Earlier this week, I described a case in which a court ruled that an employee who cursed at her employer could not be dismissed for cause, but was entitled to reasonable notice of the termination. That was an example of how a court in a non-union setting deals with the issue of cause under the common law mode. The question in the non-union setting is whether the employee’s belligerence is serious enough to warrant the employer dismissing the employee without the usual requirement under the common law to give notice. The employee “won” in that case, which meant that the employer was ordered to pay her damages for “reasonable notice”. She did not get her job back.
How about in a unionized setting? There, the rules are different. A unionized employer cannot dismiss an employee by simply giving them notice. Rather, unionized employers must have “just cause” to dismiss an employee, in other words, a reason and a pretty good one. And courts don’t decide if an employer has just cause, labour arbitrators do.
So, consider an arbitration award in a case called Smurfit-MBI and the Independent Paperworkers, in which a unionized employee was dismissed for giving his supervisor “the finger”. The arbitrator ruled that the “finger” means F-off in our culture. The employee had worked for the employer for about 7 years, but already had 7 prior incidents of discipline, including 4 one-day suspensions, and 1 three day suspension, mostly for poor performance but also for being belligerent to a supervisor.
However, despite that dismal record, the arbitrator ruled that the employer did not have just cause for dismissal. The arbitrator found that the employee was in a bad mood because his dog was sick, and that he “just wanted to left alone”:
…the evidence leads to the conclusion that he simply wanted to be left alone, not that he intended any insubordination. In this regard, I view his actions as impulsive and not premeditated insubordination. In these circumstances, it is possible to understand why the grievor acted in such an inappropriate manner. While some discipline is warranted, the ultimate penalty of discharge would be too harsh in this situation. His misconduct is serious and does amount to disturbing behaviour. But it was also a momentary gesture instigated by both personal emotions and job frustration. The frustration is no excuse for his actions, but his emotional state and the short nature of the incident diminish the seriousness of the situation. There is nothing in the evidence to suggest that he was threatening or attacking the authority of his supervisor. Therefore, this is an appropriate case to exercise my discretion and reinstate the Grievor on terms and conditions.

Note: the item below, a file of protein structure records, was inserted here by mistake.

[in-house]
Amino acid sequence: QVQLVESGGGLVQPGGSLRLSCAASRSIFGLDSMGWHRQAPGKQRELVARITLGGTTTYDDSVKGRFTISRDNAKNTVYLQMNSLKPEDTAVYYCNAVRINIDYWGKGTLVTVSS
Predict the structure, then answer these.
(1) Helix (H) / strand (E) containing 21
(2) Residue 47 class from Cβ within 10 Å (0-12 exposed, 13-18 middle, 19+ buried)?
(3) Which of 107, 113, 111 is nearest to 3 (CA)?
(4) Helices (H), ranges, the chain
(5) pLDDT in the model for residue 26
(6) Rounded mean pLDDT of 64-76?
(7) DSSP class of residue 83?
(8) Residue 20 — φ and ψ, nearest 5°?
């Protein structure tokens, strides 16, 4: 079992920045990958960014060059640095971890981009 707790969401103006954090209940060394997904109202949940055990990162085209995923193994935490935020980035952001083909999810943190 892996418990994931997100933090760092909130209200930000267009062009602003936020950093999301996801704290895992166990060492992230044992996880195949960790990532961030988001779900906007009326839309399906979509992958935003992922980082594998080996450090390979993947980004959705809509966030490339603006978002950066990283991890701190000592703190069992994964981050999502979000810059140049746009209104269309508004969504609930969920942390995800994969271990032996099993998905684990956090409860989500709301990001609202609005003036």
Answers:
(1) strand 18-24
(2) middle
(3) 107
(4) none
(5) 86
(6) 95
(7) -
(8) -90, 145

Note then that the reasoning in this case is similar to that in the non-union case I discussed in the earlier post. In both cases, the decision-maker found that the employee’s conduct was a spontaneous outburst owing to the fact that the employee was in a foul mood.
But note too that there is a big difference in the two outcomes. The non-union employee loses her job but gets some cash in lieu of the notice she should have received. The unionized employee gets his job back, albeit with a 2.5 month unpaid suspension substituted. Courts do not reinstate employees, even when the employer had no cause to dismiss the employee. Arbitrators can, and often do, reinstate unionized employees when the employer does not have “just cause” to dismiss.
Do you think it is fair that non-union employees receive less job protection than unionized employees? Should governments pass laws (like we have in the Federal jurisdiction) requiring employers to have a good reason to dismiss an employee and allowing adjudicators to reinstate wrongfully dismissed employees?